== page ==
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Triple homicide case heads to jury

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Editor's Note: An article in Friday’s Augusta Chronicle about the Adrian Hargrove capital murder trial should have said if he were found guilty but mentally retarded, he would not face a sentence of death or life without the possibility of parole.

Attorneys for Adrian Hargrove, 36, say he is mentally ill and should not face a sentence of life in prison or death.  MICHAEL HOLAHAN/STAFF
MICHAEL HOLAHAN/STAFF
Attorneys for Adrian Hargrove, 36, say he is mentally ill and should not face a sentence of life in prison or death.


The Chronicle regrets the error.


A Richmond County Su­per­ior Court jury will begin deliberations today in the capital murder trial of Adrian Hargrove.

Attorneys for Hargrove, 36, have conceded his guilt in the Feb. 9, 2008, killings of a pregnant teen and her parents, but they are seeking a verdict that Hargrove was mentally ill and intellectually disabled.

Such a verdict would mean he would not face a sentence of life in prison without the possibility of parole or death for the stabbing and beating deaths of 18-year-old Allyson Pederson and Sharon and Andrew Hartley.

District Attorney Ashley Wright told the jury Thursday in her closing statement that Hargrove was mentally competent and guilty.

“That’s all it is; it’s that simple,” Wright said.

She said Hargrove tricked Peder­son into leaving her home with him, took her to a trash-filled, abandoned trailer on Horse­shoe Road and stabbed and cut her 21 times with a butcher knife.

He returned to her Ben­nock Mill Road home and stabbed her mother, Sharon Hartley, at least 12 times before he attacked stepfather Andrew Hartley, stabbing him 21 times and hitting him with an ax handle 17 times – breaking both weapons, Wright said.

“This is no scuffle, this is not a fight (as Hargrove told doctors who examined him) it’s a slaughter,” Wright said.

She said Hargrove told many lies to deflect guilt and now wants to hide behind a verdict of guilty but mentally ill. Wright asked the jury to consider Hargrove’s IQ test score of 77, a score reached years before, she said.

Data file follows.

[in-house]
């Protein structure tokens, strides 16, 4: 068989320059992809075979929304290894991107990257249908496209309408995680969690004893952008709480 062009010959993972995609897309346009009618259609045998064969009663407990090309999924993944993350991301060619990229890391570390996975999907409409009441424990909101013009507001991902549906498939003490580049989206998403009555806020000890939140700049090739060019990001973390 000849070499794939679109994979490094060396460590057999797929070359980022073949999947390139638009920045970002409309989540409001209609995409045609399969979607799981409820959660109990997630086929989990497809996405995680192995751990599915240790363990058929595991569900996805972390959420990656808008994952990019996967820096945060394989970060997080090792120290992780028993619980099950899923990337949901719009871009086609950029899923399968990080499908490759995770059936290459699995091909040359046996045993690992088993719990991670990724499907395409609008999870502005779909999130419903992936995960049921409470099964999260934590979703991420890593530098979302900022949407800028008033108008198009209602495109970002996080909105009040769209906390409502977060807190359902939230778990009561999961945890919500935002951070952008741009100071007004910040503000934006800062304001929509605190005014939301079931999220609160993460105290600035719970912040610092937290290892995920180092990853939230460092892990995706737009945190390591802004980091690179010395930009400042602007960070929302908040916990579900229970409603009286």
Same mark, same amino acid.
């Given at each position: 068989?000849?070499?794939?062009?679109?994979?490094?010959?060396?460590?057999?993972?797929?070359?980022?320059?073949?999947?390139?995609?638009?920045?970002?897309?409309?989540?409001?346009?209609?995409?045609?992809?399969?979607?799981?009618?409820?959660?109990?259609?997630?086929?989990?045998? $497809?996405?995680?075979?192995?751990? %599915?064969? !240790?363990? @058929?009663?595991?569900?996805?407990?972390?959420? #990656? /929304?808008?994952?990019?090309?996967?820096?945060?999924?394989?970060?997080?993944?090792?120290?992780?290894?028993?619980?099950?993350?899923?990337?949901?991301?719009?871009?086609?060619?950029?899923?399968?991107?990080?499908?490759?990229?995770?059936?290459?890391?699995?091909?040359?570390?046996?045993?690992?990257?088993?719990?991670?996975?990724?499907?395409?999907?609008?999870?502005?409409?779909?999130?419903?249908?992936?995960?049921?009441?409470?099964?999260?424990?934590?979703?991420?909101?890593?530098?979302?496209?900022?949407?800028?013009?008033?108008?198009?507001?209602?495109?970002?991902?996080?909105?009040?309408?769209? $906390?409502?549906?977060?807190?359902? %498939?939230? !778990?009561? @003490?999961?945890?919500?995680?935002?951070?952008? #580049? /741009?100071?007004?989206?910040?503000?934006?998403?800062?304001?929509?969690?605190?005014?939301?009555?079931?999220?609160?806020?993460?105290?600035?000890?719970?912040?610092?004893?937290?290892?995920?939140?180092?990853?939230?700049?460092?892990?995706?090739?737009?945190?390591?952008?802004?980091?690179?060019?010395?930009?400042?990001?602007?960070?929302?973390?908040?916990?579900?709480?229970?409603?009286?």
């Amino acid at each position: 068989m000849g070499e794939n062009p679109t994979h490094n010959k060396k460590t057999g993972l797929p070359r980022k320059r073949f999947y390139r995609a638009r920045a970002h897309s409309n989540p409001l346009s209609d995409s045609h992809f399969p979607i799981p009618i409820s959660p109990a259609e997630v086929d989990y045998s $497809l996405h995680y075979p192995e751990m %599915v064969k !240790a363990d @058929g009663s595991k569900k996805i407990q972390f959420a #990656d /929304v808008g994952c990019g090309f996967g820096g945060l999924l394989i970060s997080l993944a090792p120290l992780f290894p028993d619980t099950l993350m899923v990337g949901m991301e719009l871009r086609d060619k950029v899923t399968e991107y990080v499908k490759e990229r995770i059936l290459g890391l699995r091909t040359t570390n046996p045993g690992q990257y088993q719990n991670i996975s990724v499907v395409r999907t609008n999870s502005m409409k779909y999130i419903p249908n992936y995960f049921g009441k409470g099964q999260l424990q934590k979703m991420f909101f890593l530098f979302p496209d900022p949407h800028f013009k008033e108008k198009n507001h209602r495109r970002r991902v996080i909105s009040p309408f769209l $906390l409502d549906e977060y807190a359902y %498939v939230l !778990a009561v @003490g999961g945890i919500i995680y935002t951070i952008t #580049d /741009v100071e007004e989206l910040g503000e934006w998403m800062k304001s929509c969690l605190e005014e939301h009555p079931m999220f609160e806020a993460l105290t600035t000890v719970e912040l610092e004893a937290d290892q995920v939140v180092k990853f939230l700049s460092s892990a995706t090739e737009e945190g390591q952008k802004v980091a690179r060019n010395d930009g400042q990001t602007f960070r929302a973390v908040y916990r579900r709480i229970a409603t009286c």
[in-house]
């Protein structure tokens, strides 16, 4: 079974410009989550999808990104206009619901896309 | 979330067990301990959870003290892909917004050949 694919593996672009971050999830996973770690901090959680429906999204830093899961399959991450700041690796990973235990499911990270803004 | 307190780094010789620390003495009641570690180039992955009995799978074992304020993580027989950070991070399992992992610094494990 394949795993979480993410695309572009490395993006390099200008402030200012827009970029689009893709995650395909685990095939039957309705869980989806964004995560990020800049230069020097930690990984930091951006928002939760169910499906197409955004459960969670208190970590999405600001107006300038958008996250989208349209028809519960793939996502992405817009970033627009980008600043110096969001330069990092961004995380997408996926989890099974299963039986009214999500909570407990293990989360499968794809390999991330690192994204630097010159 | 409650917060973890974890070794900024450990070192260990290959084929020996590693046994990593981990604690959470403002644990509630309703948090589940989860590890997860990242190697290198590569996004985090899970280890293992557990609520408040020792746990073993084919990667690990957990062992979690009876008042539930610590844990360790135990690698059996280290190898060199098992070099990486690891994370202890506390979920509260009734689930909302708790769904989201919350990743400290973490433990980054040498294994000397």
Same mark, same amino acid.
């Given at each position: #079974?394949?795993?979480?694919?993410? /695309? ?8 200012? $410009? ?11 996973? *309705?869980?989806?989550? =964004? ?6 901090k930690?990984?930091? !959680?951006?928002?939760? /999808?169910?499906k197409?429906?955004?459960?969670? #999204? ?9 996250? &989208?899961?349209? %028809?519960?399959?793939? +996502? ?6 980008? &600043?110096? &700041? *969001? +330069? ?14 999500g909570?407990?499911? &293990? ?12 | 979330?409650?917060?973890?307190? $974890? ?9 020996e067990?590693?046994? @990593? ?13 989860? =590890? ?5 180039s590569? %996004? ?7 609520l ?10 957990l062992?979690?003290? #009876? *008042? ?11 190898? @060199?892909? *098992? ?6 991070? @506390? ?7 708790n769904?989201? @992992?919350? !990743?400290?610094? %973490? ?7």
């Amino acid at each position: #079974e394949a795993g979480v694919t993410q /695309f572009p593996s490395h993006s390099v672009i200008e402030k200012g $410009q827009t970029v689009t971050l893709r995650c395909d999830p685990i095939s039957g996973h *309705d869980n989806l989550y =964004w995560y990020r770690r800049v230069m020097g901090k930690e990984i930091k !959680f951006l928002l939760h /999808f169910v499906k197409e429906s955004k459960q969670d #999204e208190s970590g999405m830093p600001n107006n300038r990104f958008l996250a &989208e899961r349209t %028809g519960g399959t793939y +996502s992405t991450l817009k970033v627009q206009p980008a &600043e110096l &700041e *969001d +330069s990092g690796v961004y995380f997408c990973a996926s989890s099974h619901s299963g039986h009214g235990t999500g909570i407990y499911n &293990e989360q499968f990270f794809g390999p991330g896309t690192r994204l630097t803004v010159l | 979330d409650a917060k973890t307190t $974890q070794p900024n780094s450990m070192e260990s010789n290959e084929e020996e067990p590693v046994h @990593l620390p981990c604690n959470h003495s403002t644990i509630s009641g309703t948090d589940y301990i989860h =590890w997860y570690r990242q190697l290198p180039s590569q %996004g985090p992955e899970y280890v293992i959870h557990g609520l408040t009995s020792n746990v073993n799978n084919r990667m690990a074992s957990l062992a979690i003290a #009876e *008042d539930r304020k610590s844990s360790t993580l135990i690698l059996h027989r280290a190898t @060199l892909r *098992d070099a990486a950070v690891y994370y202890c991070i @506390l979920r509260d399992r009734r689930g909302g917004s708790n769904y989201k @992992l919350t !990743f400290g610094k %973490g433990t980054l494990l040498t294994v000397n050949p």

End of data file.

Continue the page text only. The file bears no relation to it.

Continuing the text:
What Hargrove told mental health doctors didn’t match his actions, she argued.

Gerald Word of the Geor­gia Capital Defender Office argued that the weight of the evidence presented by defense expert witnesses requires a verdict of both guilty but mentally ill and guilty but mentally retarded.

“He’s guilty,” Word said. “(But) he did not become who he is in a vacuum.”

He asked the jury to rely on Dr. Charles Nelson, a Harvard University pediatrics professor who has studied the effects of abuse and neglect on children’s brain development.

Defense experts testified that their testing and research led them to conclude Har­grove is mentally ill and intellectually disabled, Word said.

In 2000 and 2002 while in prison, Hargrove was diagnosed as suffering from post-traumatic stress and schizo­affective disorders and treated with psychotropic drugs, Word said. He has been treated with such drugs since he has been held in the Richmond County jail awaiting trial.

Word implored the jury to consider the expert witness with 40 years of experience in teaching and studying the education of intellectually disabled people who found Har­­grove’s adaptive skill level to be that of an 11-year-old.

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Pops
12278
Points
Pops 03/20/14 - 10:03 pm
2
0
Why don't they

agree that for the good of society, that after he is executed that these quacks that testified that he is mentally deficient, can have his brain to study. They can then write a worthless paper on the results and apply for a Nobel Prize.

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